Cape May, New Jersey.
Natural infrastructure in Cape May, New Jersey. © Erika Nortemann/TNC


Water Resources Development Act

Modernizing America’s Water Management Strategies

Water resources development legislation is an opportunity for Congress to strengthen communities using nature-based solutions proven to lessen flood impacts, improve natural areas and support the economy.

Congress needs to complete work on water resources legislation to modernize water resources management at the U.S. Army Corps of Engineers (the Corps). Through nature-based approaches and cost-effective strategies, the Corps can deliver projects that protect America’s natural resources, support economic and recreational opportunities and enhance community resilience.

The Nature Conservancy, which has partnered extensively with the Corps to advance policies and projects that can effectively and efficiently deliver environmental benefits while meeting the needs of people, urges Congress to finalize important water resources legislation and sign it into law this year. 

Infographic of Cape May flood damage.
Nature-based solutions work Flood damage costs at Lower Cape May Meadows went from $143,713 before restoration to $3,713 after restoration. © The Nature Conservancy

Nature-Based Solutions at the Corps

The Water Resources Development Act (WRDA) of 2016 was a landmark success for advancing natural infrastructure within the Corps. 

For the first time, Congress directed the Corps to consider natural and nature-based features, alone or in combination with gray infrastructure, when studying the feasibility of flood risk management, storm damage reduction and ecosystem restoration projects. WRDA 2018 reinforced the requirement to consider natural infrastructure during project design.

While the Corps has a clear obligation to consider natural infrastructure during project design, Congress still needs to take steps to promote greater use of natural infrastructure.

Nature—if fully utilized by the Corps and local communities— has the potential to help address water infrastructure challenges. For example, coastal wetlands prevented more than $625 million in property damages during Hurricane Sandy and reduced property damages throughout the Northeast by 10% on average. 

WRDA 2020: Policy Recommendations

TNC recommends that Congress do the following in WRDA 2020:

Advance natural infrastructure solutions. Oversee the Corps’ implementation of natural infrastructure requirements from previous WRDA legislation, including by studying instances of successful use of natural infrastructure in flood control and ecosystem restoration projects.

Enhance natural disaster response. Improve the Corps’ emergency response program by focusing more on pre-disaster preparedness and rebuilding better infrastructure following disasters. The Corps should make its repetitive loss data publicly available and identify—prior to a disaster—flood control works that can be rebuilt with local sponsors’ support to provide a greater level of flood protection and additional benefits.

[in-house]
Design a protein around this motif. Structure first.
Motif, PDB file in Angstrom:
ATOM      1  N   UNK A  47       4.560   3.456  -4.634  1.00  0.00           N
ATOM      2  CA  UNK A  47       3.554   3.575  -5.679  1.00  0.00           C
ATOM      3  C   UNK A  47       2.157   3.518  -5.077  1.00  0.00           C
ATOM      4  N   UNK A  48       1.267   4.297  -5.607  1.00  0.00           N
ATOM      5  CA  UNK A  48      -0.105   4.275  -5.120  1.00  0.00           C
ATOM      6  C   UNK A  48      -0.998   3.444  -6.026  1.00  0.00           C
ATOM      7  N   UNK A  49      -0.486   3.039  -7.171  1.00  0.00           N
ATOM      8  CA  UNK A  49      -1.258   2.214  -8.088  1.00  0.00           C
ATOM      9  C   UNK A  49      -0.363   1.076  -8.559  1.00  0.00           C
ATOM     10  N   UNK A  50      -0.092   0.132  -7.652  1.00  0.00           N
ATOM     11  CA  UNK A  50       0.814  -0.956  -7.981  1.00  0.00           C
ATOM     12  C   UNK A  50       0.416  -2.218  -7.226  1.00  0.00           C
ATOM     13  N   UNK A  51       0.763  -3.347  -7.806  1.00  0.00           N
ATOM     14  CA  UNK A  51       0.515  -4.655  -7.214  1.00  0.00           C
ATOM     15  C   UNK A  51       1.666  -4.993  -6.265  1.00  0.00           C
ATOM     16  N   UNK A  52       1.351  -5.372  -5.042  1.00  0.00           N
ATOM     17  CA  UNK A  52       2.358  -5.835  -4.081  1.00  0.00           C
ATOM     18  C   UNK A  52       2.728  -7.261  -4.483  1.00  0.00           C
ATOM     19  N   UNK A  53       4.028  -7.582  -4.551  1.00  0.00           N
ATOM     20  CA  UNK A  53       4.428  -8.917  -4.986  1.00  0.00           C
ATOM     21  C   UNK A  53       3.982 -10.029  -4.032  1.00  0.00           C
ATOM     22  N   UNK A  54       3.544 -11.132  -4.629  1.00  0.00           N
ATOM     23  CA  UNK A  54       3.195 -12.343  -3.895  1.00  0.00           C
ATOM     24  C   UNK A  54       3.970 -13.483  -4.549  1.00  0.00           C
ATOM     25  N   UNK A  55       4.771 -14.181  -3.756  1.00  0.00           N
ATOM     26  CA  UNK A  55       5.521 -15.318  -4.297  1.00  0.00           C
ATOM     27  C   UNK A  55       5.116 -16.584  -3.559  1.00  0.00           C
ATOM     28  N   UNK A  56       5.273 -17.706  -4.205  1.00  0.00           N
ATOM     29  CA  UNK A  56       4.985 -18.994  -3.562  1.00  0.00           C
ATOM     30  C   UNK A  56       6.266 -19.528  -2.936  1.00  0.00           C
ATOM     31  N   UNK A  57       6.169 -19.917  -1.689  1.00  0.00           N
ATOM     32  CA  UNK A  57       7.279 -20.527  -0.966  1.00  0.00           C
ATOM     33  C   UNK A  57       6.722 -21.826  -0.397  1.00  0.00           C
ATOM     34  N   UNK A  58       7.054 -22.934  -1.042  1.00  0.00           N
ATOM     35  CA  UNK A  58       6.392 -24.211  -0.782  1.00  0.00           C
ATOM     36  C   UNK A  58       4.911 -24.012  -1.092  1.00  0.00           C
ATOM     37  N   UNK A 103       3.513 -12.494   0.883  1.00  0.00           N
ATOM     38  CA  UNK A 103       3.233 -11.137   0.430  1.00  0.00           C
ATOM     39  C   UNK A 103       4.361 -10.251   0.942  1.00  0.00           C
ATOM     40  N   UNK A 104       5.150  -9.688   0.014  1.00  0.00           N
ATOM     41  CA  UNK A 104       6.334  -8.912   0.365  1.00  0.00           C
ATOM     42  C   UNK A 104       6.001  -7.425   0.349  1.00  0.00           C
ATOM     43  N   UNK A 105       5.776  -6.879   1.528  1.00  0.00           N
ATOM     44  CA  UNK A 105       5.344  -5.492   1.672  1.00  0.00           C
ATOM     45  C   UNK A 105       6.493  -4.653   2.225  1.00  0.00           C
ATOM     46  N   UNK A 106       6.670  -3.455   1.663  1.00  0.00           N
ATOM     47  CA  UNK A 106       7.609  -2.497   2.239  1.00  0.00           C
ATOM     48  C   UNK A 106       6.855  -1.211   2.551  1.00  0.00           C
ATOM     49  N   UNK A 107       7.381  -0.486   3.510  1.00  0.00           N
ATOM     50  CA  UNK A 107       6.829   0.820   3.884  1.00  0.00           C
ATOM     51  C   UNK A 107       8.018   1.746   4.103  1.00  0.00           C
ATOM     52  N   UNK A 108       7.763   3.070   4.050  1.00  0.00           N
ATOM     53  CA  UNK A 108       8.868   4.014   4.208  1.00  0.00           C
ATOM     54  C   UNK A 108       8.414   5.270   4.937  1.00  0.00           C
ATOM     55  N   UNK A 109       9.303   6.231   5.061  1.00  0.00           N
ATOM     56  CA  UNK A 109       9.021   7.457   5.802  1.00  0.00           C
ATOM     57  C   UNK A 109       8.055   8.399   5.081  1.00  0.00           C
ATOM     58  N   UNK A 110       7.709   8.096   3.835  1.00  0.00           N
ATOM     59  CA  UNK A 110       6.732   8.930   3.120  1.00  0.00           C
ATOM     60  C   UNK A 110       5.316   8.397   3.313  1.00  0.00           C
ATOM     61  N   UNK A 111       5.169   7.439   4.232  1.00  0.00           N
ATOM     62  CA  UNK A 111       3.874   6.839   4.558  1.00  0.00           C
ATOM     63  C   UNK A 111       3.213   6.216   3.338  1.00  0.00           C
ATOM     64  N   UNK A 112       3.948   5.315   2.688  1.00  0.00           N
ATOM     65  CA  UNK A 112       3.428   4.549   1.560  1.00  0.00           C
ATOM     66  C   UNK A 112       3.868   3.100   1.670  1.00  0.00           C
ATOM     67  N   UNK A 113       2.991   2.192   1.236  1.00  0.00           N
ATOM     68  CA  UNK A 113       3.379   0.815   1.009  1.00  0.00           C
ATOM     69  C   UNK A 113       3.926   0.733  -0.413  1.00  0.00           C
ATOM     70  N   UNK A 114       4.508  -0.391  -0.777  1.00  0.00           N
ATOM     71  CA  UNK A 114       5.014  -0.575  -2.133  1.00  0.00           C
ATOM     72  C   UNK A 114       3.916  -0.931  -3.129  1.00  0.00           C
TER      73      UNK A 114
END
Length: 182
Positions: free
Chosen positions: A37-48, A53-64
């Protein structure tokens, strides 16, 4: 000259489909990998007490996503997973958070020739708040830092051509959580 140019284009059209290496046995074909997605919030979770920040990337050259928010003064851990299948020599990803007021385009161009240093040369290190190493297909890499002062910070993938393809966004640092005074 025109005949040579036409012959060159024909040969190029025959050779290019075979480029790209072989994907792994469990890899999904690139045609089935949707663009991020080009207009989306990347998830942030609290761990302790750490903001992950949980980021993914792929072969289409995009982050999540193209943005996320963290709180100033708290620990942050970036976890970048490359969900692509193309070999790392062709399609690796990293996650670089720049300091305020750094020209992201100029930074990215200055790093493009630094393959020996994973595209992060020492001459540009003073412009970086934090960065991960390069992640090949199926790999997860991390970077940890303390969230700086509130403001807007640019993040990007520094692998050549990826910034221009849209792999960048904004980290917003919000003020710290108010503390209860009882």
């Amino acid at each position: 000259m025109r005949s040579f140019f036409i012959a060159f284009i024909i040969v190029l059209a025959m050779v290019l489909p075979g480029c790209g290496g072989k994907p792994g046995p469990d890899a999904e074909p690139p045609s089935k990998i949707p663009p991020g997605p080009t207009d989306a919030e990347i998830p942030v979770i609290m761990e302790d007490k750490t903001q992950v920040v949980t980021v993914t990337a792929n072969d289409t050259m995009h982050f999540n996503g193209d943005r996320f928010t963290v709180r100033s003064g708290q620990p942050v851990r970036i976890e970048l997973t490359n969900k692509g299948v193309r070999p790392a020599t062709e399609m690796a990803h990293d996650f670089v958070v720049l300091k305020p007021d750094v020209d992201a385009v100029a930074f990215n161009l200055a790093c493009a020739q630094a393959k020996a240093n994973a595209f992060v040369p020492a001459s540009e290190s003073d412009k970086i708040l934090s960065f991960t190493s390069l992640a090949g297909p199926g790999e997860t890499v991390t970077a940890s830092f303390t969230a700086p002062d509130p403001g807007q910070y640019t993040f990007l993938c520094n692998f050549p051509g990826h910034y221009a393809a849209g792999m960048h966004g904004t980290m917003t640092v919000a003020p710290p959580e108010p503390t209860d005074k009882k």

Improve partnering options with the Corps. Modify project partnership agreements to fairly recognize the value of materials donated by local sponsors, give local sponsors certainty on their operations and maintenance responsibility and allow a more shared approach to liability with the Corps. Many good projects are not being pursued because of the difficulty of signing partnership agreements with the Corps.

An invasive silver carp is seen jumping out of the Missouri River, a tributary of the Mississippi River.
Asian carp An invasive silver carp is seen jumping out of the Missouri River, a tributary of the Mississippi River. © Chris Helzer/TNC

WRDA 2020: Project Recommendation

Great Lakes and Mississippi River Interbasin Study – Brandon Road

While creation of the Chicago Area Waterway System opened the Chicago area to the economic benefits of barge traffic, it had the unintended consequence of allowing aquatic invasive species (AIS) to pass freely in both directions between the Mississippi River and Great Lakes basins. Twenty-nine invasive species already live in the Great Lakes, and 10 invasive species, including four species of Asian carp, live in the Mississippi River. The Corps released a plan—transmitted to Congress in a chief’s report—to reduce the risk of AIS moving from the Mississippi River through the Brandon Road Lock and Dam to the Great Lakes. The plan does not prevent the spread of AIS in the other direction—from the Great Lakes to the Mississippi River. If Congress authorizes construction of the Brandon Road project, it should require the Corps to focus on studying and testing new solutions to prevent movement of AIS between basins and require the Corps to implement an adaptive management program that will incorporate future solutions to increase the efficacy of blocking AIS transfer.